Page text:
But not all new jobs are “good” jobs, he notes. While the UK is adept at getting large numbers of people into work, as a nation it falls short in creating higher value, more productive roles.

He says: “If you only want to maximise employment, then getting people to move cardboard boxes around in warehouses is a good way. This kind of work is important for many, but it won’t lead to upskilling or a growth in productivity.”

At the same time, boosting the number of opportunities for skilled work can upset the applecart - demand for skills inflates salaries for niche workers, and earnings can vary wildly and destabilise cities and regions.

“The West Midlands has some real shining examples of world class firms - from Jaguar Land Rover to Aston Martin, Amtico and many more,” he says. “We have top class law firms and a high-tech cluster, but sometimes we forget the activity underpinning it - moulding plastic or basic metal for instance. The whole of the economy is joined up but we could make that work better for everybody.”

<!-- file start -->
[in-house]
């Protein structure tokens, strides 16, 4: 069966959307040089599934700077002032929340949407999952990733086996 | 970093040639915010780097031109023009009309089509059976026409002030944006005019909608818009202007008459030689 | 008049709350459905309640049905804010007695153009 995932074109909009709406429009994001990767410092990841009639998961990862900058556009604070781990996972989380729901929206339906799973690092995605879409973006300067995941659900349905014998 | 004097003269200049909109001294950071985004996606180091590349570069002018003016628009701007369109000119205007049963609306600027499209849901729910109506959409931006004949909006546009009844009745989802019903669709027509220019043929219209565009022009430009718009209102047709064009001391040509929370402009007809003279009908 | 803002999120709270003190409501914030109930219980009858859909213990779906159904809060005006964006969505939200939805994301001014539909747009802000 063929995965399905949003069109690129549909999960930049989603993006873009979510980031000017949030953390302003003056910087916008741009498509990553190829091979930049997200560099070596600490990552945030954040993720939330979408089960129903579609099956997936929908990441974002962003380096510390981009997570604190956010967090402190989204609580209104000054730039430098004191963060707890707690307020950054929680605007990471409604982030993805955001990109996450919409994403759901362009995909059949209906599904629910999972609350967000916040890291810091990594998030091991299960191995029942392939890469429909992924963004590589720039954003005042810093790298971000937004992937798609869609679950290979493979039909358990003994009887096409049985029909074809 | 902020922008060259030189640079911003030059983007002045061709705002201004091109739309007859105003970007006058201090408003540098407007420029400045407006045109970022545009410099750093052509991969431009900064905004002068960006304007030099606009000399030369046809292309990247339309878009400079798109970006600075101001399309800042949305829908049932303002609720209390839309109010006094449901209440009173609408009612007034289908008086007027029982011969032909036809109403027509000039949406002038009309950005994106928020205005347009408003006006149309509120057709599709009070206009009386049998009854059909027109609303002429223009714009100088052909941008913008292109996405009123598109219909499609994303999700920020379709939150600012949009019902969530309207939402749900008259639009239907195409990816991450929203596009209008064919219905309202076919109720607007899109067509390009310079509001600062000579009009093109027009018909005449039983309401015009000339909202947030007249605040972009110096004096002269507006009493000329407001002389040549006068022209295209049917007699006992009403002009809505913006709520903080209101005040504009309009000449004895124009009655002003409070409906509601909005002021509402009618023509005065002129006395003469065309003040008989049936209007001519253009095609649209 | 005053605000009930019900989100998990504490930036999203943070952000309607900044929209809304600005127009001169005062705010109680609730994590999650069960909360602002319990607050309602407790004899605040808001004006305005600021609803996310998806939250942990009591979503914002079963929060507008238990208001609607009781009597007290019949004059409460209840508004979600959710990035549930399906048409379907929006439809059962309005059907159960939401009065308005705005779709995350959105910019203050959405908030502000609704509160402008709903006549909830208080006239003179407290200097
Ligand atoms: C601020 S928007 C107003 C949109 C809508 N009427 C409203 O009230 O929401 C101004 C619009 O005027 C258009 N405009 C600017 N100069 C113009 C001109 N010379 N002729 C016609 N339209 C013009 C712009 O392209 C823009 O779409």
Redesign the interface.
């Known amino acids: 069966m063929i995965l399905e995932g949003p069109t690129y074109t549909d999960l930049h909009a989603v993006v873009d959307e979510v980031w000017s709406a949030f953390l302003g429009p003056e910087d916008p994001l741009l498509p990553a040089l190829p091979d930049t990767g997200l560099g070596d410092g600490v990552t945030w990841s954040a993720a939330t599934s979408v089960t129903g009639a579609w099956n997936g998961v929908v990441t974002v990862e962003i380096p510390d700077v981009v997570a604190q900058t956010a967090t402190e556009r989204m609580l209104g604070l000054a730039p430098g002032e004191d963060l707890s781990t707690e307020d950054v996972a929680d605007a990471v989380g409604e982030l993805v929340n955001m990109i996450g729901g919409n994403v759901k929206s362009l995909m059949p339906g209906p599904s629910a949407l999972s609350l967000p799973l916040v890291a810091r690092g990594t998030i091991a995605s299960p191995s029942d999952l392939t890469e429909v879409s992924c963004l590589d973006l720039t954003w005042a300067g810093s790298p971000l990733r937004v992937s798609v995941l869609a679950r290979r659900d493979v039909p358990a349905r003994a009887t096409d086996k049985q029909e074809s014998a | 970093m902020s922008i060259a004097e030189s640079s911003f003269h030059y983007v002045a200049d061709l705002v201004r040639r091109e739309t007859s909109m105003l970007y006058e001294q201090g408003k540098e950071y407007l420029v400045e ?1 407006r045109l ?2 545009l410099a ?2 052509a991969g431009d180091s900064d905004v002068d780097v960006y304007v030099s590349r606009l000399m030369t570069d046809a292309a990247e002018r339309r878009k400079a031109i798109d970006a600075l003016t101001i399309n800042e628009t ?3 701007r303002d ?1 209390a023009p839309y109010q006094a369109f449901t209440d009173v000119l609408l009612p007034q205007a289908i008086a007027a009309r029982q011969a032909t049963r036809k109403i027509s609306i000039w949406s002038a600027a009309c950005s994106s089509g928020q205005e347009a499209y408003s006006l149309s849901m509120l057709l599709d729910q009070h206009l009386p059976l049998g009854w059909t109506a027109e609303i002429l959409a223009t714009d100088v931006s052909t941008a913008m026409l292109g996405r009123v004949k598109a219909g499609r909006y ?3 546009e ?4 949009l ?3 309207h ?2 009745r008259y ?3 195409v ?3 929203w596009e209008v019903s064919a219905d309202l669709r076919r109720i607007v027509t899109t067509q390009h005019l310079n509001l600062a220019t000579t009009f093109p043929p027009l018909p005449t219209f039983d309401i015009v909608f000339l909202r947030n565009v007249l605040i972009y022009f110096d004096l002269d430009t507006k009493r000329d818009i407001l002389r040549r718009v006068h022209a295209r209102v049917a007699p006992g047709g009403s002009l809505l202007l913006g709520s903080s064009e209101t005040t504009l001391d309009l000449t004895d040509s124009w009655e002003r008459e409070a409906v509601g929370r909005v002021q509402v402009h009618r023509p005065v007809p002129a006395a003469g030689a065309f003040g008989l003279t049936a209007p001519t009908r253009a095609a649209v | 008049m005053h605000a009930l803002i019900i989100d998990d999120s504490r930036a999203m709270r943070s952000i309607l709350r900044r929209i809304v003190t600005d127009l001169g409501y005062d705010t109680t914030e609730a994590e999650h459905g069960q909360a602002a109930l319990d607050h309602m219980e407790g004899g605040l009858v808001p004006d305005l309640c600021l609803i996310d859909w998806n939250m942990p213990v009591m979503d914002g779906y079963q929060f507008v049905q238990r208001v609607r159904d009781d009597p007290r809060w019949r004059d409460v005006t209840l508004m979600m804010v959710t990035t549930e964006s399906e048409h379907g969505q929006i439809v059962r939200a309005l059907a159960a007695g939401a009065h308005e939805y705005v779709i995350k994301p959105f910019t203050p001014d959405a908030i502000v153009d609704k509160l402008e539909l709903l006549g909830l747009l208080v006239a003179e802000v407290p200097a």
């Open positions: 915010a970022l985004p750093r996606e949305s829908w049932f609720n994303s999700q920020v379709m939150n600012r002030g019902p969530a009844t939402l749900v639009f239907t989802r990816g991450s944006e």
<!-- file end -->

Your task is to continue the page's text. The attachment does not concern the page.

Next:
But largely the flow of investment from abroad is essential for the UK, and never more so since Brexit. He adds: “There are spill-over benefits, movement of people and expertise - if we hadn’t, since 1980, had such a regular flow of foreign firms bringing in capital we wouldn’t have been able to sustain such a trade deficit.”

He’s now focused on helping the West Midlands formulate a strategy for economic recovery beyond the pandemic. He realised early in his career that it was through academia - albeit very hands on - rather than politics that he would make waves - “I’m not diplomatic enough for a political career”.

The first in his family to go to university, he studied economics at the University of East Anglia. When he was offered a PhD, nobody could have been more surprised - “I thought PhDs were for clever people”.